A pandemic would hit travel and tourism sectors hard. But what companies/sectors might benefit? How do the survival rates compare for H5N1, SARS and some other virulent flus? Why did the 1918 pandemic kill disproportionate numbers of 20-50 year-olds and apparently fewer pensioners? Reporting anomaly, or quirk of infection networks? Would a vaccine materially reduce disruption and death in practice, or just be a drop in the ocean? How long would it take to be able to vaccinate the whole UK population?

William McDonnell

CC: It’s hard to think of any sectors that would benefit if the whole global economy took a catastrophic hit from a severe pandemic. If SARS cost Asia and Canada an estimated $40bn in 2003, then a flu pandemic would cost many trillions of dollars - and we’d all be losers, even if we lived to tell the tale. But I suppose one company that might benefit is Roche, manufacturer of Tamiflu.

The survival rate for H5N1 caught directly from birds is only 50 per cent but a form of the virus that spread between people would almost certainly be less virulent. SARS and the 1918 Spanish flu had a mortality rate of 10 per cent or less.

No one really knows why the 1918 pandemic hit young adults so hard. It may be that some older people had residual immunity from related flu viruses that circulated in the 19th century and then died out.

Vaccination would buy time but until the pandemic starts we won’t be able to prepare a vaccine that is well matched for the human form of the virus. At the beginning we’d have to use poorly matched vaccine based on avian flu, though this would probably offer some protection and buy some time.

What is the role of the World Health Organisation in terms of forecasting crises? Does it have the resources, expertise, and experience to deserve the credibility which it appears to have in making pandemic predictions?

Benedict E. DeDominicis

The American University in Bulgaria

CC: The WHO is the lead UN agency in dealing with human infectious disease crises (the Food and Agriculture Agency takes the lead on animal diseases and is therefore closely involved in fighting flu in poultry). As I’ve indicated in earlier answers, I have great respect for the WHO’s expertise and experience and I hope the world’s governments will give it the resources it needs.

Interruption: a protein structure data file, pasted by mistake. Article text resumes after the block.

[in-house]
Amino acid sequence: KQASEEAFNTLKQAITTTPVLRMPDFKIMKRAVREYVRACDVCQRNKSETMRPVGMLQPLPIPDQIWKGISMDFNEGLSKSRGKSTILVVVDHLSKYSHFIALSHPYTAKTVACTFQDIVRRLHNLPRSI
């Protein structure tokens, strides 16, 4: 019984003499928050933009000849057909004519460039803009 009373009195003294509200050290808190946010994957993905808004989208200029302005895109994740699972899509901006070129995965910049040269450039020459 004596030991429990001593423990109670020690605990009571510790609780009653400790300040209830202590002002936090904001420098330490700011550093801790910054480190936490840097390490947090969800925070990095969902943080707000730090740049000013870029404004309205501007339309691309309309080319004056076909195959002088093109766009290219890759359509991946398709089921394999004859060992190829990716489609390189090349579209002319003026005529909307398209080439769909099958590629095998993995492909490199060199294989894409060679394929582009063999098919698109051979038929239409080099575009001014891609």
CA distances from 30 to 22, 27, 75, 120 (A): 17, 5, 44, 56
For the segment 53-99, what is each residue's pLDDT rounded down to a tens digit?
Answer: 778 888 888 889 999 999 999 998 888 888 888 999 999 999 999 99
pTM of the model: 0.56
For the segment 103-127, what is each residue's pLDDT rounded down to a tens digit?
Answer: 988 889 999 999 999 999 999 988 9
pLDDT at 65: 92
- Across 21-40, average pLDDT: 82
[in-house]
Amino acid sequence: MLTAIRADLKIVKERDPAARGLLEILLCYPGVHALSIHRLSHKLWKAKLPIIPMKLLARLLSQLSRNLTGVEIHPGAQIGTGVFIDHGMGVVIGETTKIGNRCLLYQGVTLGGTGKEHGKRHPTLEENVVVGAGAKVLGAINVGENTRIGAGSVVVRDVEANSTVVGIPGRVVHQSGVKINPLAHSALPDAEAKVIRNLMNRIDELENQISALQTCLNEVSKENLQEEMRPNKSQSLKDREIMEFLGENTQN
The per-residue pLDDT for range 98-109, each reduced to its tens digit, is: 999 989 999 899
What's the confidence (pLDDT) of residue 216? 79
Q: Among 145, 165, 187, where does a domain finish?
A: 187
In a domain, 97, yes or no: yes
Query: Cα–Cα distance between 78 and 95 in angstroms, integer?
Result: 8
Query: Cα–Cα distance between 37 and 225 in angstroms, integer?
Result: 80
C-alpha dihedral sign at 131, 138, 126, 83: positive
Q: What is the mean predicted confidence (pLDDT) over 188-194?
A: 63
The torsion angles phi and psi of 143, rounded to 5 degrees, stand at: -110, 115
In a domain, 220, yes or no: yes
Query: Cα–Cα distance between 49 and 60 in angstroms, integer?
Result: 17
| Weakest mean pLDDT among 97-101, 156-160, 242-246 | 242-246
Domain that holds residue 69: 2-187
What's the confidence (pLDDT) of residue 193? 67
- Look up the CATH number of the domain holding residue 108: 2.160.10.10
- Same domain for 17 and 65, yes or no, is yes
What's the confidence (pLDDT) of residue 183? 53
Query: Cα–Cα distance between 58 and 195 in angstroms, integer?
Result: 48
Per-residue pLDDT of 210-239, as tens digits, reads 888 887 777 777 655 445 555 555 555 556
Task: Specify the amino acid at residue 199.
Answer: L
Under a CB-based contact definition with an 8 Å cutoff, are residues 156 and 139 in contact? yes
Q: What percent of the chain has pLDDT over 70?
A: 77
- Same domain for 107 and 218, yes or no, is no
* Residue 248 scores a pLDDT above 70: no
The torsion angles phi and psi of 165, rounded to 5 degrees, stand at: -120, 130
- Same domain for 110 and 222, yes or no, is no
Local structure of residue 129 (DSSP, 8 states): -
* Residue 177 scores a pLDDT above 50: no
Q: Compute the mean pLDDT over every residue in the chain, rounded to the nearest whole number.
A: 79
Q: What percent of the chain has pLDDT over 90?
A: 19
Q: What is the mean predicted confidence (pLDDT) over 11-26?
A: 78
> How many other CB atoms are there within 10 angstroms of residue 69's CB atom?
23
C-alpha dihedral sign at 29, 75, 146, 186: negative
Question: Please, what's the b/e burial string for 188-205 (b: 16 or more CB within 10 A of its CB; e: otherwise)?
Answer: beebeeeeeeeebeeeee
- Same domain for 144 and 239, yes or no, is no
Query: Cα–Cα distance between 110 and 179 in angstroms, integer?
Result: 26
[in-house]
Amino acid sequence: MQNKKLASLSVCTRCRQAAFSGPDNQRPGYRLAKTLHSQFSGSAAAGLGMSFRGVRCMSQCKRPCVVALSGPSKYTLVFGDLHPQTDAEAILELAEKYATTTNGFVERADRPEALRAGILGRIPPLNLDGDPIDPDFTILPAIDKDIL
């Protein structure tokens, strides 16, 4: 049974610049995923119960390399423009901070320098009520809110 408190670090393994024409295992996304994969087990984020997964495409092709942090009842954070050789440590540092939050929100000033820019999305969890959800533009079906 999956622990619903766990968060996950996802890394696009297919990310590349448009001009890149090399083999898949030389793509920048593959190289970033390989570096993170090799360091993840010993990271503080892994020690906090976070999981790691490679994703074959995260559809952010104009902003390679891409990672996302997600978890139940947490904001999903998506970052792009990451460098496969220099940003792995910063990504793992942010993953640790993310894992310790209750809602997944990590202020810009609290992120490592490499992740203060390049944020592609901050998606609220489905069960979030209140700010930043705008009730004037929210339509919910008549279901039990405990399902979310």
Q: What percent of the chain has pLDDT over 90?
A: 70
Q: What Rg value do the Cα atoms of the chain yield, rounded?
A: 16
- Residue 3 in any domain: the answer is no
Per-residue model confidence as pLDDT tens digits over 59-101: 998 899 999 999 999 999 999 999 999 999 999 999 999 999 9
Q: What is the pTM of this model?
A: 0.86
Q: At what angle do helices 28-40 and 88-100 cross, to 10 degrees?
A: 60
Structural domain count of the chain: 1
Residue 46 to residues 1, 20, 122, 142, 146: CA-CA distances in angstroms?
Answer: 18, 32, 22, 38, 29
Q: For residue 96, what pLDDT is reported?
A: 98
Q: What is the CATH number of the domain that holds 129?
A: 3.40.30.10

To what extent do you think bird flu would shut down economic and social activity in the UK, if the virus did pass from human to human? Given the fact that it can move through the same area (or home or office) more than once, I would have thought the economic and social implications are rather serious?

Bob Kahn

CC: The economic and social implications would indeed be extremely serious, not just for Britain but for the world. If the worst happened, most people would want to stay at home with their families to minimise the risks of infection. But who would then maintain essential public services? Some degree of compulsion might be needed, though essential workers would presumably have first call on available stocks of vaccine and antiviral drugs.

Do we understand the mode of transmission for the bird flu? Is it airborne or does infection take place via a droplet mechanism?


CC:Certain birds, particularly waterfowl, act as hosts for flu viruses which they carry in their intestines. Infected birds shed virus in saliva, nasal secretions and - most importantly - their faeces. Droppings (rather than droplets) are the main way in which avian flu spreads between birds.

However, flu viruses spread between people mainly in respiratory droplets caused by coughing and sneezing. They usually move directly from person to person in this way, though sometimes people become infected by touching something with flu virus on it and then touching their mouth or nose.

Is it possible that the avian bird flu will only affect poultry or is its mutation into human influenza now an inevitability?

Charlotte Cassady


CC: No, it is far from inevitable that the H5N1 strain of bird flu will go human. On the basis of past flu pandemics, virologists expect another one to occur sooner or later. All pandemics have resulted from the mutation of a bird or animal flu virus into a form that transmits early between people. Although H5N1 is the most likely candidate for the next one, because it is spreading so widely and it is so lethal when it infects humans, the virus may not undergo that crucial genetic change. I have not met a virologist who is willing to estimate the probability of this happening.

Copyright The Financial Times Limited 2018. All rights reserved.